pekin

pekin

[pee-kin]
noun (often initial capital letter)
a silk fabric in which broad stripes of equal width and in various colors or weaves are alternated.

Origin:
1775–85; < French pékin; after Peking

Dictionary.com Unabridged

Pekin

[pee-kin]
noun
one of a hardy breed of yellowish-white domestic ducks, raised originally in China.

Origin:
1880–85; after Peking

Pekin

[pee-kin]
noun
a city in central Illinois.
Dictionary.com Unabridged
Based on the Random House Dictionary, © Random House, Inc. 2014.
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Collins
World English Dictionary
Pekin (piːˈkɪn)
 
n
a breed of white or cream duck with a bright orange bill
 
[C18: via French from Peking]

Collins English Dictionary - Complete & Unabridged 10th Edition
2009 © William Collins Sons & Co. Ltd. 1979, 1986 © HarperCollins
Publishers 1998, 2000, 2003, 2005, 2006, 2007, 2009
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Encyclopedia Britannica
Encyclopedia

pekin

city, seat (1849) of Tazewell county, central Illinois, U.S. It lies along the Illinois River (bridged) just south of Peoria. French explorers wintered in the area in 1680. The first settler was Jonathan Tharp in 1824. Tharp opened a smokehouse in 1827, and in 1829 the town was laid out and named Pekin by the wife of Nathan Cromwell, one of the city's founders, for Peking (Beijing), China. Pekin's first schoolhouse (Snell School) was opened in 1831 and fortified during the Black Hawk War (1832) as Fort Doolittle. Pekin's economy was for many years based on the steamboat trade. Abraham Lincoln argued many cases in its courthouse, as did Stephen A. Douglas and David Davis. The city was the birthplace and home of U.S. Senator Everett McKinley Dirksen, who is buried there.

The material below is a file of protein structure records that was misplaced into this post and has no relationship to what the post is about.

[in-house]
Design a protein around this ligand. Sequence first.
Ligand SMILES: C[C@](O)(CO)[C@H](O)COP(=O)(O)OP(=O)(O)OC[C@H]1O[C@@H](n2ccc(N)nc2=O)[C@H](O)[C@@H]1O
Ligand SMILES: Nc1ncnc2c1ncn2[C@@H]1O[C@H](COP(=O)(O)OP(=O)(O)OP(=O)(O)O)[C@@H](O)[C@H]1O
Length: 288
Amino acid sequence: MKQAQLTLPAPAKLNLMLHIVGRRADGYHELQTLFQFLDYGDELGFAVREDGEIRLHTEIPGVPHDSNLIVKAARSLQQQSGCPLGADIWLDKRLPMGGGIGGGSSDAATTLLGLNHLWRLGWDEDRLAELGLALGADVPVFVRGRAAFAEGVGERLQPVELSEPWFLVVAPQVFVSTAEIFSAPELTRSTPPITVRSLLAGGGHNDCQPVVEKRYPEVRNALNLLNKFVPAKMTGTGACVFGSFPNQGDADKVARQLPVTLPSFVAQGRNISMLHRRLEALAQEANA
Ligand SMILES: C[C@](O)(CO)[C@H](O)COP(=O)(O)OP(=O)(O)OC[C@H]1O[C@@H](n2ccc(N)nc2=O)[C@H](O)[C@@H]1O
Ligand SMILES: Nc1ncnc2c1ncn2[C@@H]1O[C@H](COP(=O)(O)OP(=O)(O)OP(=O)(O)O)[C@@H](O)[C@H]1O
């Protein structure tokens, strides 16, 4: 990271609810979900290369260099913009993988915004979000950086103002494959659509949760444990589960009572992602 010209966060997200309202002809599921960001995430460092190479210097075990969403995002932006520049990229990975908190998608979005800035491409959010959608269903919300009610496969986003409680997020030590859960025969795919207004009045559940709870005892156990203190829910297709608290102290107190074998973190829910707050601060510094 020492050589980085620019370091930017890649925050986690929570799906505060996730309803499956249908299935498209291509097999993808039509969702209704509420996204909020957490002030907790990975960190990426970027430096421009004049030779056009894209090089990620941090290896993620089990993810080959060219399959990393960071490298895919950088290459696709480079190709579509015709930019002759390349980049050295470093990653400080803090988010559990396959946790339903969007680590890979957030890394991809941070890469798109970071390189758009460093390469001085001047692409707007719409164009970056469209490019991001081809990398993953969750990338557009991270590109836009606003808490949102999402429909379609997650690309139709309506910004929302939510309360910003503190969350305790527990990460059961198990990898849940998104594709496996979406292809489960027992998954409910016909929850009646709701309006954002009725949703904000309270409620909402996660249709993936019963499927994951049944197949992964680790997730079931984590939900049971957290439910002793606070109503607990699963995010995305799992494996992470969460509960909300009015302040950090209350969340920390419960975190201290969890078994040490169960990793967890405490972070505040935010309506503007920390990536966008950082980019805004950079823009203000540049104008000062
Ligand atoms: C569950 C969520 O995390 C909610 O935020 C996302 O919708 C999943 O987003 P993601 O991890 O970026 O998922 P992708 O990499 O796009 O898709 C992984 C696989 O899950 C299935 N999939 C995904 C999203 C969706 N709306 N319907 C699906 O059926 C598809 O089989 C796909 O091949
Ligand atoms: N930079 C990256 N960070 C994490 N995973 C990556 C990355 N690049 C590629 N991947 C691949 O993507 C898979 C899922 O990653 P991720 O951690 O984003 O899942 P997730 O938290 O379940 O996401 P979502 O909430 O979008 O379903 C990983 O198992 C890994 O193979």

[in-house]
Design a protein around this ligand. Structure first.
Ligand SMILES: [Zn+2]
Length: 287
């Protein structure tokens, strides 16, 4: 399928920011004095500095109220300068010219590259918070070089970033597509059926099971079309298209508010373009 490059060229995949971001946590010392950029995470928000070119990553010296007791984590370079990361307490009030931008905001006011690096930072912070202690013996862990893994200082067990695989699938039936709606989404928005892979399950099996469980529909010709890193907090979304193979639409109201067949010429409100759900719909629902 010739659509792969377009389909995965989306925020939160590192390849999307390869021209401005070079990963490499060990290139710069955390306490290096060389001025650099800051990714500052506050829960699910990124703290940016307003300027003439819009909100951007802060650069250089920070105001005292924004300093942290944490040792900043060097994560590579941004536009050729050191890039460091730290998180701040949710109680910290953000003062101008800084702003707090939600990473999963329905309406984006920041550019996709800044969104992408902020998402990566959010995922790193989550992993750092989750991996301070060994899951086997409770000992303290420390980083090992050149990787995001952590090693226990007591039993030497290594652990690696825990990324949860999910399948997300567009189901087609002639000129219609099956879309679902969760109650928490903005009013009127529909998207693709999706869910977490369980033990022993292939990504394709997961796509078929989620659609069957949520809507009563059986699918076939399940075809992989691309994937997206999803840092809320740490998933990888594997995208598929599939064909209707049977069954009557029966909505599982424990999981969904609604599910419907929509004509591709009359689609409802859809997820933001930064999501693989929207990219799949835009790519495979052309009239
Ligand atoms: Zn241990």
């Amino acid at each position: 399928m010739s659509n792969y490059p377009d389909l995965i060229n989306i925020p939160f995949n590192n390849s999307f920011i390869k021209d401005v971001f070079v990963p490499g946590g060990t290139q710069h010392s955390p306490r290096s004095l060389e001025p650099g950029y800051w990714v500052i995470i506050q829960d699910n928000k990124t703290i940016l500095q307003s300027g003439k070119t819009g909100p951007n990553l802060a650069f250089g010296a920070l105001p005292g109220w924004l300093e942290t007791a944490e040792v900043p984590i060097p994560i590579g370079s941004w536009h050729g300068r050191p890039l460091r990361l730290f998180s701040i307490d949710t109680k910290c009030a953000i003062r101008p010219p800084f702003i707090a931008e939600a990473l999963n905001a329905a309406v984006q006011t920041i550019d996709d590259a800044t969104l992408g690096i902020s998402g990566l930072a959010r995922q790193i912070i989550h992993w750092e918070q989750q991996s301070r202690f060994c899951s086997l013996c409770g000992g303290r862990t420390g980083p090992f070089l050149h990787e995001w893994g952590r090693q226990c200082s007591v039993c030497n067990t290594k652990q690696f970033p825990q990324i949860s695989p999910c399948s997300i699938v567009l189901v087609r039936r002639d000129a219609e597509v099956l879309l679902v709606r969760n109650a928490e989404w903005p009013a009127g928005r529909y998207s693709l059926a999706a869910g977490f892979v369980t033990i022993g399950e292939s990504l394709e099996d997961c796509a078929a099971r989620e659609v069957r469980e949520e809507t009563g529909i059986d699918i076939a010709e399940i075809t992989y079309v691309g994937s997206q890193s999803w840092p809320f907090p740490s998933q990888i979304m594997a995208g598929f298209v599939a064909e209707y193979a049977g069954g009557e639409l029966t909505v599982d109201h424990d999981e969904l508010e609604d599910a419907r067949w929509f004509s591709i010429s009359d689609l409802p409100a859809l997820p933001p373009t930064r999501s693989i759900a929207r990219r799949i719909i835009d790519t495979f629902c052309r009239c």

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Encyclopedia Britannica, 2008. Encyclopedia Britannica Online.
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